US 4389074 A
A mine tool having an improved braze strength consists of a ferrous metal body and a cemented carbide insert brazed to the body with a brazing alloy of 40% to 70% copper, 25 to 45% manganese and 5 to 15% nickel.
1. A mine tool comprising a ferrous metal body having a recess and a cemented carbide insert within said recess brazed to said body by a brazing alloy consisting essentially of from about 40% to about 70% by weight of copper, from about 25% to about 45% by weight of manganese and from about 5% to about 15% by weight of nickel, wherein said brazing alloy has a solidus temperature of from about 850° C. to about 900° C. and a liquidus temperature of less than about 930° C., said insert and said alloy filling said recess, said mine tool being designed for operation under conditions wherein the brazed joint is subjected to conditions of high shear.
2. A mine tool according to claim 1 wherein said brazing alloy consisting essentially of from about 50% to about 55% by weight of copper, from about 35% to about 40% by weight of manganese and balance nickel.
3. A mine tool according to claim 2 wherein said body is steel.
4. A mine tool according to claim 3 wherein said insert is a cemented tungsten carbide insert.
5. A mine tool according to claim 4 wherein said alloy consists essentially of about 52.5% by weight copper, about 38% by weight manganese and about 9.5% by weight nickel.
This is a continuation of application Ser. No. 171,578, filed July 23, 1980, now abandoned.
Mining tools generally comprise a body of a ferrous metal alloy, such as steel, having a cemented carbide insert brazed into a recess in the body. A brazing alloy for this use should ideally possess the ability to wet both the body material and the cobalt-bonded tungsten carbide (the cutting tip insert material) as well as being metallurgically compatible with these materials. A brazing alloy should also possess adequate plasticity in a temperature range from about 300° C. and its melting point. Suitable brazing alloys should also have a sufficiently low solidus temperature in combination with its plasticity so that a relatively low stress braze joint is formed, hence a solidus temperature below about 900° C. is preferred. In addition to the foregoing properties the braze should form a joint between the insert and the body having a shear strength exceeding 38,000 pounds per square inch at room temperature to prevent the premature failure of the brazed joint between the body and the insert.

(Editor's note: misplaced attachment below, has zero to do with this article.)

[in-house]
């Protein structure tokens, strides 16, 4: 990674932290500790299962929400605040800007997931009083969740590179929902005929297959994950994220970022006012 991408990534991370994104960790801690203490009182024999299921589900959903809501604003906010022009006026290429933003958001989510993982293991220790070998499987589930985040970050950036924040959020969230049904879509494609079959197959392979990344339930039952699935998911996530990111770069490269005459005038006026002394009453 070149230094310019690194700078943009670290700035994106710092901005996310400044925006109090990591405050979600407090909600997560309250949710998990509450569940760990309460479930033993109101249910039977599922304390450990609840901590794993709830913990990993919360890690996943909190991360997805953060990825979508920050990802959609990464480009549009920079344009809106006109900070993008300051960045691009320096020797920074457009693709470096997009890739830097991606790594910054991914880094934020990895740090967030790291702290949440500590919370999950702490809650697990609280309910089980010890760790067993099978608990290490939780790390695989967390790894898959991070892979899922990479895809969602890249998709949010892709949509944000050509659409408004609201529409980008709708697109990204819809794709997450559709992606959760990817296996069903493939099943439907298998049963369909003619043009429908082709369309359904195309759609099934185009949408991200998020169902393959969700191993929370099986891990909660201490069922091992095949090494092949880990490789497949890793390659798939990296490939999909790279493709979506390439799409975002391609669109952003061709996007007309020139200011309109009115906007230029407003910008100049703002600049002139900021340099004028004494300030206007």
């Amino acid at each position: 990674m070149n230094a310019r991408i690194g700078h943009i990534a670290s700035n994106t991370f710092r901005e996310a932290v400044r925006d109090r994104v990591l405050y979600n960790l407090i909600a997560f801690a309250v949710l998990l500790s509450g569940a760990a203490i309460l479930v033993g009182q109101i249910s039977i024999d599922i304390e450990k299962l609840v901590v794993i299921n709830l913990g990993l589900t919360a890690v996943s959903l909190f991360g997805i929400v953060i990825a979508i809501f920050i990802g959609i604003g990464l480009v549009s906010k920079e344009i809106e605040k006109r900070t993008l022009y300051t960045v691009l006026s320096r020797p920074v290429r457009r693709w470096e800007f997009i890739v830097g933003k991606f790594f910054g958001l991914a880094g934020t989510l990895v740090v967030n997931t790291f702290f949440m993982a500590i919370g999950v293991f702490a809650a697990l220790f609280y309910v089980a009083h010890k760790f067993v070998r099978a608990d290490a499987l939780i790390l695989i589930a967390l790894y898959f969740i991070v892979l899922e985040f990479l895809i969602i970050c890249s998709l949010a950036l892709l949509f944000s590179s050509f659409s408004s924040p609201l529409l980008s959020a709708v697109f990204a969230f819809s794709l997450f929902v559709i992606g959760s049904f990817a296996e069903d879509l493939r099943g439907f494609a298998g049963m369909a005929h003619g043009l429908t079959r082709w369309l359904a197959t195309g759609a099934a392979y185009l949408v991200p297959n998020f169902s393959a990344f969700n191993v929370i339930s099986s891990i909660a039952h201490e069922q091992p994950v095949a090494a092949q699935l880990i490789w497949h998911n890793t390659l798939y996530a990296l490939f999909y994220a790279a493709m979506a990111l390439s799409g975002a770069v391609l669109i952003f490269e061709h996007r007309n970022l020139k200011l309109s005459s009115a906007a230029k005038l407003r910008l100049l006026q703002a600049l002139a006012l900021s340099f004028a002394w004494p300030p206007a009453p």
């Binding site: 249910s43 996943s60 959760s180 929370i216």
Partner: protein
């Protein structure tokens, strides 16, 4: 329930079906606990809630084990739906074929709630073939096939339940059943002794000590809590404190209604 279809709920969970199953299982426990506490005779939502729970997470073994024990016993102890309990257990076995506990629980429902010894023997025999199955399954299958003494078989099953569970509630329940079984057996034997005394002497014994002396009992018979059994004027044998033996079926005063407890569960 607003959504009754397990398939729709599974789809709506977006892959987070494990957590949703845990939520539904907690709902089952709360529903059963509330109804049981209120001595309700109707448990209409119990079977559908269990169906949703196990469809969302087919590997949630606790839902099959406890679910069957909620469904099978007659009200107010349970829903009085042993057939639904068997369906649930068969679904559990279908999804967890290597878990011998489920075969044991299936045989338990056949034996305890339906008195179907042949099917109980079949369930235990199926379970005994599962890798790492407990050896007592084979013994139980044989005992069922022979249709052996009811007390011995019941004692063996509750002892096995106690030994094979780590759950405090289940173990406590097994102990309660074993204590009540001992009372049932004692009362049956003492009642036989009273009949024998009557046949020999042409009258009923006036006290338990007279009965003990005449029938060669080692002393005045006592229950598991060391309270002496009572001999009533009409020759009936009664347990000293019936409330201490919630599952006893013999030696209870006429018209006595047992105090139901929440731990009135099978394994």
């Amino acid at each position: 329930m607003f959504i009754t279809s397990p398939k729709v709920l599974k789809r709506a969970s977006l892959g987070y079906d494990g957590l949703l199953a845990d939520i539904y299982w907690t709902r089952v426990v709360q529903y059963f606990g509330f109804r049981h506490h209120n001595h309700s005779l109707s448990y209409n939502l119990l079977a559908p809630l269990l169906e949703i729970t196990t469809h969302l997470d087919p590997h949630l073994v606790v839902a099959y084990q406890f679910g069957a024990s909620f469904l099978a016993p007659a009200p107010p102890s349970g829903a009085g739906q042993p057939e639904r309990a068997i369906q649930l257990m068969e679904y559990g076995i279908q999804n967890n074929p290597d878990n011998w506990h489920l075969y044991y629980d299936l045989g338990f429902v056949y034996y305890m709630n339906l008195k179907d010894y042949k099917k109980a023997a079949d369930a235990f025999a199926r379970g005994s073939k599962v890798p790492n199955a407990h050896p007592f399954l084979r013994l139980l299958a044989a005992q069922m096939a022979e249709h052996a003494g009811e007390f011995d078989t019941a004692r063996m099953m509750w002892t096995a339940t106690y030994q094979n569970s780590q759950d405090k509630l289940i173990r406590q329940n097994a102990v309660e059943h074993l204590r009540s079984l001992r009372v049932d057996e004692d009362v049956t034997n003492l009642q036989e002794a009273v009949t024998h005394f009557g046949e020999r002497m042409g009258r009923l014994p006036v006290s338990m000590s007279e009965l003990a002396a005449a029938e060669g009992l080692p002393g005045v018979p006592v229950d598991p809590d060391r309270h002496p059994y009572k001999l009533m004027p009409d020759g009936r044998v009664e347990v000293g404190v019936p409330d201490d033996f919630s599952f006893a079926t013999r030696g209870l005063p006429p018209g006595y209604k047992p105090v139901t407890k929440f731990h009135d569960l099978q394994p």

Heretofore silver-base brazing alloys have been used in mine tools to braze the insert to the body of the mine tool. While these alloys can exhibit minimum bonding strength, sufficient plasicity and desirable brazing temperatures they are expensive and some failure of joints occurs. They are also sensitive to carbide surface chemistry. Non-silver base alloys such as copper base alloys containing 10-45% by weight of zinc, minor amounts of manganese, cobalt and silicon such as disclosed in Australian Pat. No. 503,496 do not appreciably increase the bond strength of the brazed joint. It has been found that joints produced with these alloys vary considerably in strength as a function of carbide surface chemistry. Literature indicates that both surface carbon and cobalt levels significantly effect the wetability of the carbide. It is presently common practice to try to control carbide surface chemistry with various mechanical and thermal treatments.
It is believed, therefore, that a mine tool having a ferrous metal body with an insert brazed into a recess in the body when the braze exhibits from about 15% to about 20% greater braze strength than similar tools containing a silver base braze is an unexpected advancement in the art. It has also been discovered that this alloy is relatively insensitive to carbide surface chemistry, providing a consistantly high quality braze joint.
In accordance with one aspect of this invention there is provided a mine tool having a ferrous alloy body having a recess therein, a cemented carbide insert within the recess and brazed to the body with a braze consisting essentially of from 40% to 70% by weight of copper, from about 25% to 45% by weight of manganese and from about 5% to 15% nickel having a solidus temperature of from about 850° C. to about 900° C. and a liquidus temperature of less than about 930° C.
FIG. 1 is an isometric view of a typical mine tool of this invention.
For a better understanding of the present invention, together with other and further objects, advantages and capabilities thereof, reference is made to the following disclosure and appended claims in connection with the above described drawings.